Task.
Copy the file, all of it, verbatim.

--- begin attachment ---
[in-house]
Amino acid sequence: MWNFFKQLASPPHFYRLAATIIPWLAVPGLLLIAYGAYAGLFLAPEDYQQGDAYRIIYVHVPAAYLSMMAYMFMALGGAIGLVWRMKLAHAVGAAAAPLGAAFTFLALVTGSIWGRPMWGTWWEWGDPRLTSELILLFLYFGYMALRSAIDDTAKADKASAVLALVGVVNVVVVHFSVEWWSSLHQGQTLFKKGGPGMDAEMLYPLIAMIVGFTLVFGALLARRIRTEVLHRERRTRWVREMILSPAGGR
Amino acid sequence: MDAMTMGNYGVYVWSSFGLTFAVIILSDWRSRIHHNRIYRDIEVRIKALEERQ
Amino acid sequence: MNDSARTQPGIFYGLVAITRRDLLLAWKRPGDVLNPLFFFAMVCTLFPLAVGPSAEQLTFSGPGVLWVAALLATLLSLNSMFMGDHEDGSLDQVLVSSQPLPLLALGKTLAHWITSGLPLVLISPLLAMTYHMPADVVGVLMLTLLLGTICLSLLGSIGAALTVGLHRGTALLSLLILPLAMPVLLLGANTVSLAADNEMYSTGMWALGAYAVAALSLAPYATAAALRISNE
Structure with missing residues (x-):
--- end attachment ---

[in-house]
Amino acid sequence: MWNFFKQLASPPHFYRLAATIIPWLAVPGLLLIAYGAYAGLFLAPEDYQQGDAYRIIYVHVPAAYLSMMAYMFMALGGAIGLVWRMKLAHAVGAAAAPLGAAFTFLALVTGSIWGRPMWGTWWEWGDPRLTSELILLFLYFGYMALRSAIDDTAKADKASAVLALVGVVNVVVVHFSVEWWSSLHQGQTLFKKGGPGMDAEMLYPLIAMIVGFTLVFGALLARRIRTEVLHRERRTRWVREMILSPAGGR
Amino acid sequence: MDAMTMGNYGVYVWSSFGLTFAVIILSDWRSRIHHNRIYRDIEVRIKALEERQ
Amino acid sequence: MNDSARTQPGIFYGLVAITRRDLLLAWKRPGDVLNPLFFFAMVCTLFPLAVGPSAEQLTFSGPGVLWVAALLATLLSLNSMFMGDHEDGSLDQVLVSSQPLPLLALGKTLAHWITSGLPLVLISPLLAMTYHMPADVVGVLMLTLLLGTICLSLLGSIGAALTVGLHRGTALLSLLILPLAMPVLLLGANTVSLAADNEMYSTGMWALGAYAVAALSLAPYATAAALRISNE
Structure with missing residues (x-):